Journal of a 9-day coach holiday through 9 countries.
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This page last updated: 23rd March 2007.
The wake up call comes at 7 am. Like yesterday, I go to the patisserie to buy some goodies for lunch. On returning to the hotel, I pay our bar-bill at reception.
I bring our suitcases down for loading into the coach and then have breakfast. Afterwards I sort out our other bags and check that I've left nothing in the room. I remember to take with us, the tiny bar of soap from the bathroom, as the drivers have told us the hotel in Austria doesn't provide soap!
We are on the coach ready to leave, when the driver announces "Would the occupant of room 106 please return to reception". That's me. As I approach reception, the young lady says, "Ah, yes, I remember you now; you did pay your bar-bill." Which is just as well as I didn't get a receipt as proof of payment. I am both embarrassed and annoyed.
As we approach the Gotthard Tunnel, there is a queue of lorries parked up for a couple of miles. Then we too are stopped in a line of cars. Shortly the lorries move off. We are delayed about twenty minutes before the stream of cars is allowed to proceed through the tunnel.
Beyond the tunnel, we leave the motorway and climb towards Andermatt. The road ascends in a series of huge hairpin bends. I feel slightly dizzy but try to concentrate my vision on points in the distance. I am feeling OK by the time we pull into Andermatt Station. We have about 30 minutes to wait before our train is due in. Some of the party take a walk into the small village. It is quite chilly at this height so we decide to stay around the station.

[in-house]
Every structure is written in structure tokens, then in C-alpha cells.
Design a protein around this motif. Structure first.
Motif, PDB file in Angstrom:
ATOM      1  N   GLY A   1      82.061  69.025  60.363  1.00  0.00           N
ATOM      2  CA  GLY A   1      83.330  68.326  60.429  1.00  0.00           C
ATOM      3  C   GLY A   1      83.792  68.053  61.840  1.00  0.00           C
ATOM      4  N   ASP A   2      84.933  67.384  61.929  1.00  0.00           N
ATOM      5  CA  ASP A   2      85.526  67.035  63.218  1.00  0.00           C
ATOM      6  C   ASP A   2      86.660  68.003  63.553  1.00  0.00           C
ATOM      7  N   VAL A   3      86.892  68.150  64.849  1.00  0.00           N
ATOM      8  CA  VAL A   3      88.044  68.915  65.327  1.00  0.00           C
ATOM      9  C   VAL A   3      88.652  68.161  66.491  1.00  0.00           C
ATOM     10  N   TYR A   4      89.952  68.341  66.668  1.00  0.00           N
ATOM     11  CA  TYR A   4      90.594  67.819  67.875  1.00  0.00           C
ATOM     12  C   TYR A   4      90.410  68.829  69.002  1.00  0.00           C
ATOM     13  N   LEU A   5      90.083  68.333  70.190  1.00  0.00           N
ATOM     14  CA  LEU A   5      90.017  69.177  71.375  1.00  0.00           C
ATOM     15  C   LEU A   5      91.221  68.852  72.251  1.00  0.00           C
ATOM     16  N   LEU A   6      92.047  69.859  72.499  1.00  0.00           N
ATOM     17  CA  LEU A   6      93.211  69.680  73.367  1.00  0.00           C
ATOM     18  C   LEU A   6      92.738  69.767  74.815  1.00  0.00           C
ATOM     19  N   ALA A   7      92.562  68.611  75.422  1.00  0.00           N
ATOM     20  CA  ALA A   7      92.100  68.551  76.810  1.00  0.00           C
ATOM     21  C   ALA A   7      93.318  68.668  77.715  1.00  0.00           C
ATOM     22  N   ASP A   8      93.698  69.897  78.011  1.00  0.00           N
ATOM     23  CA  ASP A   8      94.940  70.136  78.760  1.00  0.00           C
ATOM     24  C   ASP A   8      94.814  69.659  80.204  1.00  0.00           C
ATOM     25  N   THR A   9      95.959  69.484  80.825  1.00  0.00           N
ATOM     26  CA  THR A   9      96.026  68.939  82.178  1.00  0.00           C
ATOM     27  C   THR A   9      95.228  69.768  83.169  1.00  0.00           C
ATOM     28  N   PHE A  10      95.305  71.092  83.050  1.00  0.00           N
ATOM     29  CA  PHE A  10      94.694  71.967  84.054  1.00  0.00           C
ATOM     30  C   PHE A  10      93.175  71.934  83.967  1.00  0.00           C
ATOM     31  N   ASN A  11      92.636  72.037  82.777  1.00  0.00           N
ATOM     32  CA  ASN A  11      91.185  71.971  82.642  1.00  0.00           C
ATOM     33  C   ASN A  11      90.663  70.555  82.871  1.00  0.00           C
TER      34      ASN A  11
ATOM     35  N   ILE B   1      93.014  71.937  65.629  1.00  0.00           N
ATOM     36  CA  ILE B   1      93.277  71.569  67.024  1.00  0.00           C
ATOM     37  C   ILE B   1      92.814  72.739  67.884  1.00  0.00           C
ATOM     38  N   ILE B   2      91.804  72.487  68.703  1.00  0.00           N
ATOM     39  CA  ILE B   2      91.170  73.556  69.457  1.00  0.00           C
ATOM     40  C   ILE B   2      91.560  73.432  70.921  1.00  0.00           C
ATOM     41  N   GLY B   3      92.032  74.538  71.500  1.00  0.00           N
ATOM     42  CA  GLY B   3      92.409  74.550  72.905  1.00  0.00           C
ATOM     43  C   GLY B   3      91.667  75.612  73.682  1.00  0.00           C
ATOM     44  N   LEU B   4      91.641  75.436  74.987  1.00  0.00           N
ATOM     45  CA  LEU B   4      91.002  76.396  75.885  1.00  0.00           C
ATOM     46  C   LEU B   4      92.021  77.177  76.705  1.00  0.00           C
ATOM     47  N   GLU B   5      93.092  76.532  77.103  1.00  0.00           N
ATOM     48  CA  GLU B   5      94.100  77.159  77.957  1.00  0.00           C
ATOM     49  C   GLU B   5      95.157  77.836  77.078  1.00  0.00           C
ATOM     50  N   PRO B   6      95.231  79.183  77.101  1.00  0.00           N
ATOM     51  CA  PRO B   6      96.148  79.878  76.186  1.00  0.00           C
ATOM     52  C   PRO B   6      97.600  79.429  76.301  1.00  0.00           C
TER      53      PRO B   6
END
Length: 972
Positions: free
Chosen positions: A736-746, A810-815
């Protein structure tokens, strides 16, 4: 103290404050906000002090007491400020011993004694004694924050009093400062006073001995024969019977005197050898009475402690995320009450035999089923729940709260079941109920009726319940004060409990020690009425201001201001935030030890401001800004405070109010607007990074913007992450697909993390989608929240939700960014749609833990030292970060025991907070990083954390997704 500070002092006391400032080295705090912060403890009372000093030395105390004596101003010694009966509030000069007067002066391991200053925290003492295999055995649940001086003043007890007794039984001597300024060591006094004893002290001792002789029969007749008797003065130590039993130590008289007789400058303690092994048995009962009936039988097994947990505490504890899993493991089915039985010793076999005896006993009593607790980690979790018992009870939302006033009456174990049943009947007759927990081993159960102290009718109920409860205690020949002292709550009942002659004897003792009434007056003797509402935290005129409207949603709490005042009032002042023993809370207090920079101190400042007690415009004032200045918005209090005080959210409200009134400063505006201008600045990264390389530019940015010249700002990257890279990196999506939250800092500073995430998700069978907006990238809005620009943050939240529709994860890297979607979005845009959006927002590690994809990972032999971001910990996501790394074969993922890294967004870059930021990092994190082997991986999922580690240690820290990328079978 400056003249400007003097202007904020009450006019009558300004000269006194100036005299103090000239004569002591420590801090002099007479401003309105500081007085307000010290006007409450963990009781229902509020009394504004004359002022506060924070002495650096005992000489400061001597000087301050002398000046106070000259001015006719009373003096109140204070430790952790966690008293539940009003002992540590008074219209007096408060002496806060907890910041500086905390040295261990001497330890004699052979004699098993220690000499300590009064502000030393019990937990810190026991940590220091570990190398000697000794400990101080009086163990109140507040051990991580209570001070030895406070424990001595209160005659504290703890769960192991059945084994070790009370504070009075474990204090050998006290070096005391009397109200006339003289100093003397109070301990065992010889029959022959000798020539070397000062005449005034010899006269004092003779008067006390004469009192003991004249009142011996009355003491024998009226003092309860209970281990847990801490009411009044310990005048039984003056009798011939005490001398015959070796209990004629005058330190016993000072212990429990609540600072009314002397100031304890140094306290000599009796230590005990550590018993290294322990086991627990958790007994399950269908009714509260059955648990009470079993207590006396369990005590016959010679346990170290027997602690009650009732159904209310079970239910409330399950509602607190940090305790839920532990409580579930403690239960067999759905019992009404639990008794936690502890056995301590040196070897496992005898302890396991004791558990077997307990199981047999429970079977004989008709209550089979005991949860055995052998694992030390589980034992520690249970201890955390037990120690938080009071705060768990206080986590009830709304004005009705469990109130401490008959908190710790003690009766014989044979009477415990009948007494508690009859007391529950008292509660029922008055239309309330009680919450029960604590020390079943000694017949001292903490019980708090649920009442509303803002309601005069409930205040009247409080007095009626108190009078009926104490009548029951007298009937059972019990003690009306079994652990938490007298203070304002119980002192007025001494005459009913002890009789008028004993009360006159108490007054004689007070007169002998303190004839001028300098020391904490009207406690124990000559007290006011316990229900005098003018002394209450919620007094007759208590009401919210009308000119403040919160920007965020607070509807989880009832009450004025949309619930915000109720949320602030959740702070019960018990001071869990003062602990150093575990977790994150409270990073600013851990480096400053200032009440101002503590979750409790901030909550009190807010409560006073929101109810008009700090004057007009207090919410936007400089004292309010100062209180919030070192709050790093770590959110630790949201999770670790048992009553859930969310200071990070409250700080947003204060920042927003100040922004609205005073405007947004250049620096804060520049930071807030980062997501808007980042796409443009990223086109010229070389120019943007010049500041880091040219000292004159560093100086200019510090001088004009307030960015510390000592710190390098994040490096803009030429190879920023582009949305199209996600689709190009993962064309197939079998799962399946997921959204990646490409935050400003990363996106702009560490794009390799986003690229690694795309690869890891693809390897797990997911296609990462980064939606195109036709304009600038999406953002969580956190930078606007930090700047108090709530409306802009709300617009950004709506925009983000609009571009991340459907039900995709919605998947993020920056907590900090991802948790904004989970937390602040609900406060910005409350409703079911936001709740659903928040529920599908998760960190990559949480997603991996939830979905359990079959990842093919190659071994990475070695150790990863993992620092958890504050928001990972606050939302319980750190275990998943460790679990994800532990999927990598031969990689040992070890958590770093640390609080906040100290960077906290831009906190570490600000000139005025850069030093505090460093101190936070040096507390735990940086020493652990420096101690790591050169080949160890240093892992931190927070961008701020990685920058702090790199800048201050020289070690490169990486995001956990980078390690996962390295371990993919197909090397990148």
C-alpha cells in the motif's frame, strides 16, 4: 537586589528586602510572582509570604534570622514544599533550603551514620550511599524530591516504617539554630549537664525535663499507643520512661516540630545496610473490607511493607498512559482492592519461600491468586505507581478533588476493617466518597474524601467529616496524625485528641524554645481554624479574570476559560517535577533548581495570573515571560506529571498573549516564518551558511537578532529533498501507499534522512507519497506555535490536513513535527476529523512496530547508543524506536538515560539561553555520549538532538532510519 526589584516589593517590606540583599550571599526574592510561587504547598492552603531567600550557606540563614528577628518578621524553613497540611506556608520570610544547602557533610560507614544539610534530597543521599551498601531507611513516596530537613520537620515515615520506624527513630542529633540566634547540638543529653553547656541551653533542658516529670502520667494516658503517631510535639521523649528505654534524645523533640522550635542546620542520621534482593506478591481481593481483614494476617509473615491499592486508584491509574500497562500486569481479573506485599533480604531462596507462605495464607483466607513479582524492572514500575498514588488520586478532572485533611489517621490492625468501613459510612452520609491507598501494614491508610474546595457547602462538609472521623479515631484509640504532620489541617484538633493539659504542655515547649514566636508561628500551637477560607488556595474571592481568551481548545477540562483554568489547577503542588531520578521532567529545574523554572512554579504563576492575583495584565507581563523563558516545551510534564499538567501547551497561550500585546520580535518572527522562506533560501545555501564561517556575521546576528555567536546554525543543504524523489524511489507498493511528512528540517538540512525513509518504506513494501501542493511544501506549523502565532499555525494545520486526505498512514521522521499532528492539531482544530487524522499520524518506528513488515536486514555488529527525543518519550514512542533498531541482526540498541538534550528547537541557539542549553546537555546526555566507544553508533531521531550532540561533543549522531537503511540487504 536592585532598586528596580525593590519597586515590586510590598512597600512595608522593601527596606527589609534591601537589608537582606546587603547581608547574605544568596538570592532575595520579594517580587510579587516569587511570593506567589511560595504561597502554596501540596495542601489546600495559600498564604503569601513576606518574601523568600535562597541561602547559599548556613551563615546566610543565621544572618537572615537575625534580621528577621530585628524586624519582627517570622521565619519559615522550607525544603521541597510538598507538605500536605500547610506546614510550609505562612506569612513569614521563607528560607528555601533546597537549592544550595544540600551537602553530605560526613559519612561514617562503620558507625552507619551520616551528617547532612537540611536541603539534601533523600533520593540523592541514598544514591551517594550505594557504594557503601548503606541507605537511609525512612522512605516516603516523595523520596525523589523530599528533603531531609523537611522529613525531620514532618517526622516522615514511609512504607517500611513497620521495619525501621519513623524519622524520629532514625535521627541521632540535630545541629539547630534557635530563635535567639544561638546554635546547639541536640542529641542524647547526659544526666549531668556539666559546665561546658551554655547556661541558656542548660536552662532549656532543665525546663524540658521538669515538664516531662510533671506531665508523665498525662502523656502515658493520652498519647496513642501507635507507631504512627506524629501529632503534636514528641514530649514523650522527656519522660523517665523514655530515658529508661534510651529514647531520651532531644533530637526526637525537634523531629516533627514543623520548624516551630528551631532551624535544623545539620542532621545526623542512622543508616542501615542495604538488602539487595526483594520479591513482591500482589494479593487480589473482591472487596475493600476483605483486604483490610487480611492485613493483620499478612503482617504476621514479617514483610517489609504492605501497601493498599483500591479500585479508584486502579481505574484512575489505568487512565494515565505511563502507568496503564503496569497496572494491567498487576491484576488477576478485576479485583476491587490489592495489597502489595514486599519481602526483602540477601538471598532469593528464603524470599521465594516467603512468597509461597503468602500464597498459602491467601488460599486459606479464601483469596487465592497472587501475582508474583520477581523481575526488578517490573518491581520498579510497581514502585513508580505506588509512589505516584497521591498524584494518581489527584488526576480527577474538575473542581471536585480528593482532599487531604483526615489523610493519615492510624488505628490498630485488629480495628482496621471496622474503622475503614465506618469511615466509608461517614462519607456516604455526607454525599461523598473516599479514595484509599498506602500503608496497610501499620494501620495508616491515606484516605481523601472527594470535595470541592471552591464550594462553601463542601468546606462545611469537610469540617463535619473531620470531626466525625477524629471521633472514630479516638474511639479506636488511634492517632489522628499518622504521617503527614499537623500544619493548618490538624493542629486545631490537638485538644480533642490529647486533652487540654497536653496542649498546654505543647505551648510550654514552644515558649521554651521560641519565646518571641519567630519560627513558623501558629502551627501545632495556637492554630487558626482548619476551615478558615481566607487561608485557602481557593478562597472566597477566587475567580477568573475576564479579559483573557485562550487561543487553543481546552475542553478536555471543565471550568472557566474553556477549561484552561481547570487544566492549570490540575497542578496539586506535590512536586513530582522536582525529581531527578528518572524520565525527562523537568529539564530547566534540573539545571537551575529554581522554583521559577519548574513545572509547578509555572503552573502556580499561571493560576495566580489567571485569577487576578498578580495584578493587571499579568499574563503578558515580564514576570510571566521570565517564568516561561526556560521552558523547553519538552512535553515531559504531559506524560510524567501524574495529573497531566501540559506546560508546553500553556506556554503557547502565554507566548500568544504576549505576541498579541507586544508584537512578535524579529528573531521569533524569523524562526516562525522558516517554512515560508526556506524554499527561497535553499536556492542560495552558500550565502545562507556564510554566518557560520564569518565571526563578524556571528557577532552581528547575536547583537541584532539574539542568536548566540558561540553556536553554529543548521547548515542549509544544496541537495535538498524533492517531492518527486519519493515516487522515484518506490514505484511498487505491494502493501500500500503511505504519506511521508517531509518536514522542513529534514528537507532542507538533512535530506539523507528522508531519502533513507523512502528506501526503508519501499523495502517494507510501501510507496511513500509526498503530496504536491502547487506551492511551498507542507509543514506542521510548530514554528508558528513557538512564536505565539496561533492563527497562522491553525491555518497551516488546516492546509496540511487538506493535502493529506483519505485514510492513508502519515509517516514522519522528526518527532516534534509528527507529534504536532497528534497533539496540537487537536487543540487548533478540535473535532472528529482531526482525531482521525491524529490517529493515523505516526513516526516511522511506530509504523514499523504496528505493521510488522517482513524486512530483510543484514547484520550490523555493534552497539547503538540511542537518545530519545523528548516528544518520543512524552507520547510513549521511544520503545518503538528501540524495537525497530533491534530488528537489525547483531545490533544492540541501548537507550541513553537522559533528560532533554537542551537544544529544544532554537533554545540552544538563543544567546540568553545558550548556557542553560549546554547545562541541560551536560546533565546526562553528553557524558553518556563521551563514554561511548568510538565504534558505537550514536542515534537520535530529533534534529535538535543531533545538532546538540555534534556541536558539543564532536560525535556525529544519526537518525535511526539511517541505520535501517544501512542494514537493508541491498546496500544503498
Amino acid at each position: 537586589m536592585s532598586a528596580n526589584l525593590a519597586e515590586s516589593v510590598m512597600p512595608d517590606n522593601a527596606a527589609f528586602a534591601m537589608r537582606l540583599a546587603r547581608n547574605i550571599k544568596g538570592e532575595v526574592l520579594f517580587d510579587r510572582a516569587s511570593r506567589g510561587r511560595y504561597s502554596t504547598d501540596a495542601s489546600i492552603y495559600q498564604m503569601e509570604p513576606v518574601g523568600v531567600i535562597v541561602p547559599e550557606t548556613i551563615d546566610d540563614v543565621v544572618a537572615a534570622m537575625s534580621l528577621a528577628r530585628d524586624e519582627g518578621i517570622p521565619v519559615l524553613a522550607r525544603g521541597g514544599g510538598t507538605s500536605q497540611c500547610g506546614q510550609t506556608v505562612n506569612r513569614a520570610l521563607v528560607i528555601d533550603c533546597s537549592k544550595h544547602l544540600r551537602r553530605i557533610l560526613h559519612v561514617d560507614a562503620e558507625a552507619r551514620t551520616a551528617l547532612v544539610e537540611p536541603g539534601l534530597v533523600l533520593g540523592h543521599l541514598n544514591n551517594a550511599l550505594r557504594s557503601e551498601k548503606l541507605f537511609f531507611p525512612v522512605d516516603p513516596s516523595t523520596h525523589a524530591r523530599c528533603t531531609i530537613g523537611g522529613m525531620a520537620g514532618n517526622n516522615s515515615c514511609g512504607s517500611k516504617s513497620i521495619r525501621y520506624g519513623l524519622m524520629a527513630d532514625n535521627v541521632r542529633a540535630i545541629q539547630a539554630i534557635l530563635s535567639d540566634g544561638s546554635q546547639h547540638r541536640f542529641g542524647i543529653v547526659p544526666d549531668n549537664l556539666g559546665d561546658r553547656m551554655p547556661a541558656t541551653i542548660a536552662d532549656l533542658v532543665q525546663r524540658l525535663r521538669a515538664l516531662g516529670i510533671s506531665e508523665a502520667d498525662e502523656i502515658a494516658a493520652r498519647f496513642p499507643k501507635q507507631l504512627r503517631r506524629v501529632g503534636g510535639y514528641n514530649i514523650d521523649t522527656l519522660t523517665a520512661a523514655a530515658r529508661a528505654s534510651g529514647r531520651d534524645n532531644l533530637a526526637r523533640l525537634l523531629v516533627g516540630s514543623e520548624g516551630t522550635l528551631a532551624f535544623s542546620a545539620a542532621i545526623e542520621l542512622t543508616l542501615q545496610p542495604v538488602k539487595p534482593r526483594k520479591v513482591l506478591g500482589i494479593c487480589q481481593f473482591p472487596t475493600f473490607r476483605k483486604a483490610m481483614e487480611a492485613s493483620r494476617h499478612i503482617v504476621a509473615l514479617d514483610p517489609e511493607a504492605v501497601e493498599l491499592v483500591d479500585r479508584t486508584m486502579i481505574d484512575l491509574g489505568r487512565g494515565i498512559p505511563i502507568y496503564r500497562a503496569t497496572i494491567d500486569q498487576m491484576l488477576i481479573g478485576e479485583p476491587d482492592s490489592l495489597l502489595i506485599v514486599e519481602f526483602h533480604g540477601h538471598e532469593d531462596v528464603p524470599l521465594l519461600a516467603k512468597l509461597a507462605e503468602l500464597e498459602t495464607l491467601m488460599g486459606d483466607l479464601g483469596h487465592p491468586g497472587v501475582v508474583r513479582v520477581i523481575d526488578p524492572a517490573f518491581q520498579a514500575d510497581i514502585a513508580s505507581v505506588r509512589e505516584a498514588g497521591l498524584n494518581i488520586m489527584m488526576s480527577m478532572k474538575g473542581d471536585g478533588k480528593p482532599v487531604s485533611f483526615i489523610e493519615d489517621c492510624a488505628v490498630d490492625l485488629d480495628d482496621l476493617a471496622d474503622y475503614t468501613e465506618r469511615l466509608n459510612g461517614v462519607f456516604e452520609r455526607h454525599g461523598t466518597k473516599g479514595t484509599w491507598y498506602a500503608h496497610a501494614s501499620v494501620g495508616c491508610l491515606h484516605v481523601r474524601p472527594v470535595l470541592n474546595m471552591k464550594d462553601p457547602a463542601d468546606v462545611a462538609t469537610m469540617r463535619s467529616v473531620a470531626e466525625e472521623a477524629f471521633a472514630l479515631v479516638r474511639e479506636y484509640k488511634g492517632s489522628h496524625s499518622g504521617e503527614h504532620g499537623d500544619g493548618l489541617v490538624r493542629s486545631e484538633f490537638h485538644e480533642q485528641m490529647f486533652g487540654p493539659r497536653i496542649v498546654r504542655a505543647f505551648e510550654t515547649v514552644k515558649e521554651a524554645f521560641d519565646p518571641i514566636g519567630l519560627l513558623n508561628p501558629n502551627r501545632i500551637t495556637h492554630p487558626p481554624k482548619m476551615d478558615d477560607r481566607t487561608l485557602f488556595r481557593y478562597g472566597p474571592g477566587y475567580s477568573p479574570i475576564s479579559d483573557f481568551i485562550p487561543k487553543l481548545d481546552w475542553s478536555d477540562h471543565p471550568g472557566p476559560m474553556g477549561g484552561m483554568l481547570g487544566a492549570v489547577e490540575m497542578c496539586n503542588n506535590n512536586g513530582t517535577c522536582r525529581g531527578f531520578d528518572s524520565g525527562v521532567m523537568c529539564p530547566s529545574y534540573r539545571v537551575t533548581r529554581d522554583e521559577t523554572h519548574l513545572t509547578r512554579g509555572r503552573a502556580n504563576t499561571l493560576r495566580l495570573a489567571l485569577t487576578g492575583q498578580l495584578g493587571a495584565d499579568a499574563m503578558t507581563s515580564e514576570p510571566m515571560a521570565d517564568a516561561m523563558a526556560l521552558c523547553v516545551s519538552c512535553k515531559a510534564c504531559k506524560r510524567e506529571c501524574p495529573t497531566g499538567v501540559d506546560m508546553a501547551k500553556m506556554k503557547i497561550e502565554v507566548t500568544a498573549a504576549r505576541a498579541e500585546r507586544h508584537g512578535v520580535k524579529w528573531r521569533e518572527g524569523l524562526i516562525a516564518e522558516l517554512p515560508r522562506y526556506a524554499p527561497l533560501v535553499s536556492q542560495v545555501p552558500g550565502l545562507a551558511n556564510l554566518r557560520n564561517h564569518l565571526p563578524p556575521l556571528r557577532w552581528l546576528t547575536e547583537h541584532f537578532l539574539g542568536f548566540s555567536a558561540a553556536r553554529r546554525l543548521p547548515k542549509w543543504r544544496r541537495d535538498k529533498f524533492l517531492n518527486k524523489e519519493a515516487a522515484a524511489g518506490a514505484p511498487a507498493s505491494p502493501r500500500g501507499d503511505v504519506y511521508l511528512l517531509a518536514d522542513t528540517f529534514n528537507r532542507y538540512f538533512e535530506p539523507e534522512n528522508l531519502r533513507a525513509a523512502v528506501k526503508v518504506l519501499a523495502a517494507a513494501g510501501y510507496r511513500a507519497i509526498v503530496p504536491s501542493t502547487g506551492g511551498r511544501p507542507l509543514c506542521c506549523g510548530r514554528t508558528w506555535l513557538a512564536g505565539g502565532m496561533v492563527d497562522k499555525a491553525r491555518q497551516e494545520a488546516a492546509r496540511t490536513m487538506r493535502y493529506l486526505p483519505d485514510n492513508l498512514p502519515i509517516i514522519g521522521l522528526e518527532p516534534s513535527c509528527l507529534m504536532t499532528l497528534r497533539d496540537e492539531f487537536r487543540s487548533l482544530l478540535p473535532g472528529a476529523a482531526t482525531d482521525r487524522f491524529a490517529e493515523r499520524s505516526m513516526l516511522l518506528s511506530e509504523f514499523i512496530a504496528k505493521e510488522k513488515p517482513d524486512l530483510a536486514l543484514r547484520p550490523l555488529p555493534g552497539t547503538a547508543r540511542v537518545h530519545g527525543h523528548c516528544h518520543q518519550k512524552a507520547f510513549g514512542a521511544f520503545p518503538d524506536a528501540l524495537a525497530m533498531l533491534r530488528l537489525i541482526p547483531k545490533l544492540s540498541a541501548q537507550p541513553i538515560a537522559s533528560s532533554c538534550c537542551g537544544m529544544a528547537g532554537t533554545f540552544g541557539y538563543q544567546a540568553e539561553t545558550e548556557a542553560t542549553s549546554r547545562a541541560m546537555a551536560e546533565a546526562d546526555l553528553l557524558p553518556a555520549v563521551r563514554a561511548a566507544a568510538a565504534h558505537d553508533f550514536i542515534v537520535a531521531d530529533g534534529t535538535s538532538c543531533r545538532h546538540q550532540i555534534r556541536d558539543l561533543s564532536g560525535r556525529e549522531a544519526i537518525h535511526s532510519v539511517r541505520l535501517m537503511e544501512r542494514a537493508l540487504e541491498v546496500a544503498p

The Glacier Express runs between Zermatt and either Davos or St. Moritz. We are travelling just on the middle section from Andermatt to Chur. Three different railway companies are responsible for the operation of what is known as "the slowest express train in the world". This section is run by Furka Oberalp Bahn.
The train arrives. Our reserved carriage is at the end. A group of young Japanese tourists disembark. They do not seem keen to leave the train. A sign on the outside of the carriage reads that from Andermatt to Chur it is reserved for "Lager Holidays" [sic]. We are the last to board and the main part of the carriage, which is "non-smoking", is quite full. The end section, however is not so crowded. Only a couple of its occupants are actual smokers, so we can tolerate that for the benefit of the extra space to spread our legs.
Cheryl Imboden's account of the Glacier Express recommends a South-facing window for the best views, but the difference is fairly marginal. I'd probably agree.
Leaving Andermatt, the train ascends along a series of loops taking it high above the village to the Oberalp Pass. Our coach has already gone ahead and we see it at various points along the journey. The train stops at the summit of the pass. We are well over 6000 ft high and the glaciers spread upwards in both direction. Although not as impressive as the glaciers we saw in New Zealand, we have to remember that this is springtime. These trains run every day of the year, even in the deepest wintertime.
The train now descends, passing small hamlets. Cows in the green fields wear bells. Above us are the snow-capped mountains. We pass through the settlement of Sedrun and on to the little town of Disentis.